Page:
The Tree of Liberty
Written by Scotland's national bard, Robert Burns.
In 1785 Burns wrote about the tree of liberty, he imagined the fruit of France and America’s independence revolutions. He imagined such a tree might grow in Britain
HEARD ye o' the tree o' France,
I watna what 's the name o't;
Around it a' the patriots dance,
Weel Europe kens the fame o't.
It stands where ance the Bastile stood,
A prison built by kings, man,
When Superstition's hellish brood
Kept France in leading-strings, man.
Upo' this tree there grows sic fruit,
Its virtues a' can tell, man;
It raises man aboon the brute,
It mak's him ken himsel, man.
Gif ance the peasant taste a bit,
He 's greater than a lord, man,
An’ wi' the beggar shares a mite
O' a' he can afford, man.
This fruit is worth a' Afric's wealth:
To comfort us 'twas sent, man:
To gie the sweetest blush o' health,
An’ mak us a' content, man.
It clears the een, it cheers the heart,
Maks high and low gude friends, man;
And he wha acts the traitor's part,
It to perdition sends, man.
My blessings aye attend the chiel
Wha pitied Gallia's slaves, man,
And staw a branch, spite o' the deil,
Frae yont the western waves, man.
Fair Virtue water'd it wi' care,
And now she sees wi' pride, man,
How weel it buds and blossoms there,
Its branches spreading wide, man.
But vicious folk aye hate to see
The works o' Virtue thrive, man;
The courtly vermin 's bann'd the tree,
And grat to see it thrive, man;
King Loui’ thought to cut it down,
When it was unco sma', man;
For this the watchman crack'd his crown,
Cut aff his head and a', man.
A wicked crew syne, on a time,
Did tak a solemn aith, man,
It ne'er should flourish to its prime,
I wat they pledged their faith, man.
Awa’ they gaed wi' mock parade,
Like beagles hunting game, man,
But soon grew weary o' the trade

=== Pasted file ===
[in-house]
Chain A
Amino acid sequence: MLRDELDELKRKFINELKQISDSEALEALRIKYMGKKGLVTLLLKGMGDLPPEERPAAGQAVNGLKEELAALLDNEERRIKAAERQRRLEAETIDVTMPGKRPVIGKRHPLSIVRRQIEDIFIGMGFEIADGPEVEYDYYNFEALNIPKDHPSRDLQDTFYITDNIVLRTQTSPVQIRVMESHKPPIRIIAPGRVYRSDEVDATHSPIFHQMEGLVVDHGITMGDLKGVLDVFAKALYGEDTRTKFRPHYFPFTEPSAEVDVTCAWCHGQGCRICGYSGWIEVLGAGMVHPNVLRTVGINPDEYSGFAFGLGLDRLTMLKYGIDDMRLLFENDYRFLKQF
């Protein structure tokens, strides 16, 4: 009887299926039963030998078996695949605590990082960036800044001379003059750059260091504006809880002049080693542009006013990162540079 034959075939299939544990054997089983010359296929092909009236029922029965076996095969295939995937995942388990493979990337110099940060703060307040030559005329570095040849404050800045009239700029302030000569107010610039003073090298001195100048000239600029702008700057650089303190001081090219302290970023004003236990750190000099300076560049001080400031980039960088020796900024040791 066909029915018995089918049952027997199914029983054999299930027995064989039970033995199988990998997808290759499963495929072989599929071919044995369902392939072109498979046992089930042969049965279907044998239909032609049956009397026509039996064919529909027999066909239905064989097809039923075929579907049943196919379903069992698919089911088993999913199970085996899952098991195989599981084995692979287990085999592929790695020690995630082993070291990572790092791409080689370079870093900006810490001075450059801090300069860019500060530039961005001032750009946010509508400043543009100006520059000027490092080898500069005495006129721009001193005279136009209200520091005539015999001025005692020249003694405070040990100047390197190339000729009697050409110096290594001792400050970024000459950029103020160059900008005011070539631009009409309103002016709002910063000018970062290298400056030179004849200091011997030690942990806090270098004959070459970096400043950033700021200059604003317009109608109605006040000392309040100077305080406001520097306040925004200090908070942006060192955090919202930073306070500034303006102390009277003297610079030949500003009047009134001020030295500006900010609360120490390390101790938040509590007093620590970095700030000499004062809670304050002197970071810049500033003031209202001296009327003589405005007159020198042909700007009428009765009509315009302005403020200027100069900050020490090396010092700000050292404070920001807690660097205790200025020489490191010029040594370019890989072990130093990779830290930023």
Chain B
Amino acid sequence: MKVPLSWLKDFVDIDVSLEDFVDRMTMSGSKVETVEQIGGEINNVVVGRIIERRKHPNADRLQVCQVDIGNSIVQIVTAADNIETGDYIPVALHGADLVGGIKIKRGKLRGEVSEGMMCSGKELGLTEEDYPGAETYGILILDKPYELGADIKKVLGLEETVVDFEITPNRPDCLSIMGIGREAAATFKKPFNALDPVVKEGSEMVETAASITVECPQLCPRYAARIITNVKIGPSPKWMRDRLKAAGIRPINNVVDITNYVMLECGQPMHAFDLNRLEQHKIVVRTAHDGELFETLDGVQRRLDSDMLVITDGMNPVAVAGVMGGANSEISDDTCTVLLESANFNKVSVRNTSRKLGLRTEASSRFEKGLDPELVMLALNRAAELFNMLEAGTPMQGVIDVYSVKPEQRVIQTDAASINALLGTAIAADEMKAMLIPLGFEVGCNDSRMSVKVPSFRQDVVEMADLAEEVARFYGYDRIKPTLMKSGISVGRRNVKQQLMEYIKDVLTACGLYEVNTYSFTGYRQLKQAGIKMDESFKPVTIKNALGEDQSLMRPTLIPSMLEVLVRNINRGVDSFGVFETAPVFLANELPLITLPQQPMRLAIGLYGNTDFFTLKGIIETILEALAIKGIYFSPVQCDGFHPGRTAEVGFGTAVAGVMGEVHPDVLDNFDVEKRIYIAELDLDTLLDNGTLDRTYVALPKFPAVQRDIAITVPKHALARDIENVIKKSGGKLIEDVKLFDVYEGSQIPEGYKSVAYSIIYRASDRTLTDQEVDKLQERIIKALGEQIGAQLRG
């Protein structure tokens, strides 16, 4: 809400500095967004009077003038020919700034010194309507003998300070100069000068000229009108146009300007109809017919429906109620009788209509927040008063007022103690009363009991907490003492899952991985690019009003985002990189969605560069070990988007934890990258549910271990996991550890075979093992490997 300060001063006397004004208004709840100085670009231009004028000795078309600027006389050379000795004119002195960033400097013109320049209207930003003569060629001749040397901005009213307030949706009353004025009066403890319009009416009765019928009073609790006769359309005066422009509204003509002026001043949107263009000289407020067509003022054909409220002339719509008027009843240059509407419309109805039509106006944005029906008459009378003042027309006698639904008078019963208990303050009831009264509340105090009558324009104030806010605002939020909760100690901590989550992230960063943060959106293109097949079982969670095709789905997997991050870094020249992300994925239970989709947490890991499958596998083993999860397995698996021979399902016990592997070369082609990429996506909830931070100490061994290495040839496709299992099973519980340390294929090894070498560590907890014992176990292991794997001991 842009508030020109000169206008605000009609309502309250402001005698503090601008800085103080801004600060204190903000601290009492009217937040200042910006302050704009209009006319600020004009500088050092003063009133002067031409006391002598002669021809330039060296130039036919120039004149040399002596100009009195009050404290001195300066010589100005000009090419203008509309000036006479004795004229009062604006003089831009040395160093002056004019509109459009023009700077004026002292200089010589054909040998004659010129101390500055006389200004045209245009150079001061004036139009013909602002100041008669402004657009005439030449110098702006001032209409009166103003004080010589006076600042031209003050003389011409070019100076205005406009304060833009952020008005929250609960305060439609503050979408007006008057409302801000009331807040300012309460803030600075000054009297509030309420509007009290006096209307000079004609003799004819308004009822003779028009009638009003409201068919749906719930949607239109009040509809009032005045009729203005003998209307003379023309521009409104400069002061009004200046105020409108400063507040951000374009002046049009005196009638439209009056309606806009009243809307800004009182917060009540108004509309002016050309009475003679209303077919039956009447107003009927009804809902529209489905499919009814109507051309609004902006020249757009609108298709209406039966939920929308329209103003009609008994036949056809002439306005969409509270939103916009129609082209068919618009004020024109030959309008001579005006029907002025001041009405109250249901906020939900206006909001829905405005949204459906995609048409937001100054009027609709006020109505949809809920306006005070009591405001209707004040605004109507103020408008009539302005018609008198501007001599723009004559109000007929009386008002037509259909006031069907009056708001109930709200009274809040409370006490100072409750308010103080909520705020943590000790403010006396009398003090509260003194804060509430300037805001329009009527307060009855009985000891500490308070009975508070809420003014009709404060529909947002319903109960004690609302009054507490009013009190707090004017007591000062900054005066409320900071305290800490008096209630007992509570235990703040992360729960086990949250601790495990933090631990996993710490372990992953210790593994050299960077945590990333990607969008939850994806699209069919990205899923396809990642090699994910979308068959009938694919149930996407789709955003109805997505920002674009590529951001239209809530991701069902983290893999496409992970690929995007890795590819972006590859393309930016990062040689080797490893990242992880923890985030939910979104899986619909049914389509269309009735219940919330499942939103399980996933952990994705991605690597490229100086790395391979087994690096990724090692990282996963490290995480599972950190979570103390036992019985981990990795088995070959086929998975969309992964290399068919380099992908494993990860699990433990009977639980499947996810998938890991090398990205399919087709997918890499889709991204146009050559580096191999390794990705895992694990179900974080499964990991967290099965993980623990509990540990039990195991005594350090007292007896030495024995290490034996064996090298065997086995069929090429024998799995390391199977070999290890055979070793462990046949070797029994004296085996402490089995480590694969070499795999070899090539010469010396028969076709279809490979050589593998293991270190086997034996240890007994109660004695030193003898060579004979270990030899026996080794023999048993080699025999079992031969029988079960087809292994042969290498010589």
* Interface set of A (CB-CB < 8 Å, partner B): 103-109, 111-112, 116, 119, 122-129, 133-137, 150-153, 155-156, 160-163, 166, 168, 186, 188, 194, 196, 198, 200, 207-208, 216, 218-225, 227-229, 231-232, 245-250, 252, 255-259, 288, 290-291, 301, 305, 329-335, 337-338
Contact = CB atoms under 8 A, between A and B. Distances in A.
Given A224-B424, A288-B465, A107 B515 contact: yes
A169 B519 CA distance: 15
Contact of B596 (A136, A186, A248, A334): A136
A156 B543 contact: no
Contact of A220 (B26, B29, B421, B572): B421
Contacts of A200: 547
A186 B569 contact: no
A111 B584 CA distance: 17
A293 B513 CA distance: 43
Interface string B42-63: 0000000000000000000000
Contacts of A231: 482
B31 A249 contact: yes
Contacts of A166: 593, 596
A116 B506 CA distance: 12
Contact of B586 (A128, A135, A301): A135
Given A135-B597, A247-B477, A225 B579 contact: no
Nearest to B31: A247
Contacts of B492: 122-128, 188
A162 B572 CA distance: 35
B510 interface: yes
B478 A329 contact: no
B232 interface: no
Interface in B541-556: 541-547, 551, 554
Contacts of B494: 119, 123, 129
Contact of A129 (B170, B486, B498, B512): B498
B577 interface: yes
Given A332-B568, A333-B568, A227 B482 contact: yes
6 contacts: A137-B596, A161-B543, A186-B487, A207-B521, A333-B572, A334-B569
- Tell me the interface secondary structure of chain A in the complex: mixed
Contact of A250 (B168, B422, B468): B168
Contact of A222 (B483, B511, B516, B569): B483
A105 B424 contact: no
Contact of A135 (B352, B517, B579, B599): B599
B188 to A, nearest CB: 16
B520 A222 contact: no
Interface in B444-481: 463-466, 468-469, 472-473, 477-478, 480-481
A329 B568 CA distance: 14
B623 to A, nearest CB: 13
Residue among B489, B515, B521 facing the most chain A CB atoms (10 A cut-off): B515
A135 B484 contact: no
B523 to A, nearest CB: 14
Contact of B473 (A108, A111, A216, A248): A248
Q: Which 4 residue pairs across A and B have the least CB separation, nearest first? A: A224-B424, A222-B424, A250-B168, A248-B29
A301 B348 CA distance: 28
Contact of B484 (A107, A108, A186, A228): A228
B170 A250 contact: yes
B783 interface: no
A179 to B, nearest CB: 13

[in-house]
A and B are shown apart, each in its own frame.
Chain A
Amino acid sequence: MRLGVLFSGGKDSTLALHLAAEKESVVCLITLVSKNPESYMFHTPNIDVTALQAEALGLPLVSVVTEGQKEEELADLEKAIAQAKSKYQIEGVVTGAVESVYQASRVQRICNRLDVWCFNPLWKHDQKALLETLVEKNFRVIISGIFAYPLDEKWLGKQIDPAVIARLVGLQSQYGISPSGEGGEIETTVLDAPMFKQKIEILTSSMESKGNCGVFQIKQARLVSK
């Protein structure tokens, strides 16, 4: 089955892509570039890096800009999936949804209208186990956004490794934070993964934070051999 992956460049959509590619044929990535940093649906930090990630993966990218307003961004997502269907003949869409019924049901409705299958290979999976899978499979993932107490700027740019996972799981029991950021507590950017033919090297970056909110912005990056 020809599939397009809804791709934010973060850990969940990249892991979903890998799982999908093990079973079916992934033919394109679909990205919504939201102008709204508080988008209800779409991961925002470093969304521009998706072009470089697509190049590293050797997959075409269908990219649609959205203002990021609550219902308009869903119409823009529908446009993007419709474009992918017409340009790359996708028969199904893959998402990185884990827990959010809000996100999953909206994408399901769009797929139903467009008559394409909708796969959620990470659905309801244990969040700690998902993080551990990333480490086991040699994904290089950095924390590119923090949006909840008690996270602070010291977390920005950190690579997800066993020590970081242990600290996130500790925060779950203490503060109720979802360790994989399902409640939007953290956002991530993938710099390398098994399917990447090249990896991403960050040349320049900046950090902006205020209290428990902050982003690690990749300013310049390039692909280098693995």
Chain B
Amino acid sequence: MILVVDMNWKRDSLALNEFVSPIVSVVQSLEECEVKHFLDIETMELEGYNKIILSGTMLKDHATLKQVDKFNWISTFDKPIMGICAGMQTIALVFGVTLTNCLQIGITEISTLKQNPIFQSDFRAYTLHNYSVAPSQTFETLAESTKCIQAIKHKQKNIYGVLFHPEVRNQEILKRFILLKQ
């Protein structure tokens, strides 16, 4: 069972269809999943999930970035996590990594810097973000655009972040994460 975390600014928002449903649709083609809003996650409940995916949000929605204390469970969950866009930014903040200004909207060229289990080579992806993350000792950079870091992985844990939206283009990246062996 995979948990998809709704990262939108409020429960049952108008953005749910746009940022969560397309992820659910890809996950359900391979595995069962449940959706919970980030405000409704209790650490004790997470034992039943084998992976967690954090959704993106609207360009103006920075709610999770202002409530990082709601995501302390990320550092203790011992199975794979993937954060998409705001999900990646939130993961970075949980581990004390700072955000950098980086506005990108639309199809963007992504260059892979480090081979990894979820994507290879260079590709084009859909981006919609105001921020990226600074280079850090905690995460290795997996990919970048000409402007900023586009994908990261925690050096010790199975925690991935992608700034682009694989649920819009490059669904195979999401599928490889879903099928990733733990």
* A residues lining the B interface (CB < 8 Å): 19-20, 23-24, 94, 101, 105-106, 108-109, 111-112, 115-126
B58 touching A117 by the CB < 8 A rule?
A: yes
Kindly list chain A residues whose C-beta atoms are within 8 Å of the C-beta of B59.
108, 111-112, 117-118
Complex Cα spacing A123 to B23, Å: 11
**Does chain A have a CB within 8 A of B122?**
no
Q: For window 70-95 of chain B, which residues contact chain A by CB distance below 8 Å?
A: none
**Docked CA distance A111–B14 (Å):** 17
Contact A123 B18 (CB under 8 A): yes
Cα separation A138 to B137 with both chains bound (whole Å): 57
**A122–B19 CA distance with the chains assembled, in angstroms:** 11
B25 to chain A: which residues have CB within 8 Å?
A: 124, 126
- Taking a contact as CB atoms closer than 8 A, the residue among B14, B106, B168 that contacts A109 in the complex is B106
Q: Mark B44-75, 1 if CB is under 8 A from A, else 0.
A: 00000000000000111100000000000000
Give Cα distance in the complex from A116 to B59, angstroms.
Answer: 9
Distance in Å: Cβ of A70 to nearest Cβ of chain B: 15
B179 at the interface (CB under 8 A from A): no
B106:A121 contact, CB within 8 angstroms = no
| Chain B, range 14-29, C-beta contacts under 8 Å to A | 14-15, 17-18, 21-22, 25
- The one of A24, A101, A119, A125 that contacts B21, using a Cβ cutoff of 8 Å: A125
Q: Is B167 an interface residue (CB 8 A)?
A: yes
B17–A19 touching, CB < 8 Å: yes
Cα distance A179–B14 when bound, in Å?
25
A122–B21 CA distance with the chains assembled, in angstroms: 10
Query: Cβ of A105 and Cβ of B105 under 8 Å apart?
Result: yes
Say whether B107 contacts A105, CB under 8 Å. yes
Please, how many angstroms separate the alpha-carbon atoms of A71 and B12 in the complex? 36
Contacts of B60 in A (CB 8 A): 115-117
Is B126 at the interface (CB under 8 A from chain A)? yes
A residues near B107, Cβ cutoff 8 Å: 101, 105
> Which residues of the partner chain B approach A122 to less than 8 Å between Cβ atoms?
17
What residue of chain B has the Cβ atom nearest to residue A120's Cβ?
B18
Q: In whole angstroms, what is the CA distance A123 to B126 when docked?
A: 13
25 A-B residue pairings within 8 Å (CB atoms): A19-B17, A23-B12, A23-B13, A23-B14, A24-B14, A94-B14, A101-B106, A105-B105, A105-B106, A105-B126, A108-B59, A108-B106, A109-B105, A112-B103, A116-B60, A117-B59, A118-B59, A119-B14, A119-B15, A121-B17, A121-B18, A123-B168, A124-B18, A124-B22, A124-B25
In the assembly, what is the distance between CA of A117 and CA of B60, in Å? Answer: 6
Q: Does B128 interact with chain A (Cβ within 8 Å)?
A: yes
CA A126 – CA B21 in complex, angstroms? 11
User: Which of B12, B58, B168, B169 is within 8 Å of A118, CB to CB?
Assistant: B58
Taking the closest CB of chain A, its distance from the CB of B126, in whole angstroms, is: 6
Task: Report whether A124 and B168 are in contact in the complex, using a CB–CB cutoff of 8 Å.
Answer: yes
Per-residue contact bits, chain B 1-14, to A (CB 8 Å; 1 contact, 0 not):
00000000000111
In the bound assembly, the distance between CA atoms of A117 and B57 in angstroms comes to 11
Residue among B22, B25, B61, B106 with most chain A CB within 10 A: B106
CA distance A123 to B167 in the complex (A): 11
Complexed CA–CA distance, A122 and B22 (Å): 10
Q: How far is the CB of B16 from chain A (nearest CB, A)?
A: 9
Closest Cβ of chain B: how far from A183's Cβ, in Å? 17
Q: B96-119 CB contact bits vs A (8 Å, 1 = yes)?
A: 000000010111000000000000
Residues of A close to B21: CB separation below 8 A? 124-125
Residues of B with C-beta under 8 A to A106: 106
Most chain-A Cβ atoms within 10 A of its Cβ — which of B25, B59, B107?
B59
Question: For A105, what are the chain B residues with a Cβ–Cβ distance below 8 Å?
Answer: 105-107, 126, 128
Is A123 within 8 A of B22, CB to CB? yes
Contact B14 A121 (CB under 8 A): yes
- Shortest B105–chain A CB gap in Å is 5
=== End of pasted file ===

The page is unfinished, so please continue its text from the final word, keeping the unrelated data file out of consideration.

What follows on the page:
And wished they'd been at hame, man.
For Freedom, standing by the tree,
Her sons did loudly ca', man.
She sang a sang o' liberty,
Which pleased them ane and a', man.
By her inspired, the new-born race
Soon drew the avenging steel, man;
The hirelings ran--------her foes gied chase,
And banged the despot weel, man.
Let Britain boast her hardy oak,
Her poplar and her pine, man,
Auld Britain ance could crack her joke,
And o'er her neighbours shine, man.
But seek the forest round and round,
And soon 'twill be agreed, man,
That sic a tree can not be found,
'Twixt London and the Tweed, man.
Without this tree alake this life
Is but a vale o' woe, man;
A scene o' sorrow mixed wi' strife,
Nae real joys we know, man.
We labour soon, we labour late,
To feed the titled knave, man;
And a' the comfort we 're to get,
Is that ayont the grave, man.
Wi' plenty o' sic trees, I trow,
The warld would live in peace, man;
The sword would help to mak a plough,
The din o' war wad cease, man.
Like brethren in a common cause,
We'd on each other smile, man;
And equal rights and equal laws
Wad gladden every isle, man.
Wae worth the loon wha wadna eat
Sic halesome dainty cheer, man;
I'd gie the shoon frae aff my feet,
To taste sic fruit, I SWEAR, man.
Syne let us pray, auld England may
Sure plant this far-famed tree, man;
And blythe we'll sing, and hail the day
That gives us liberty, man.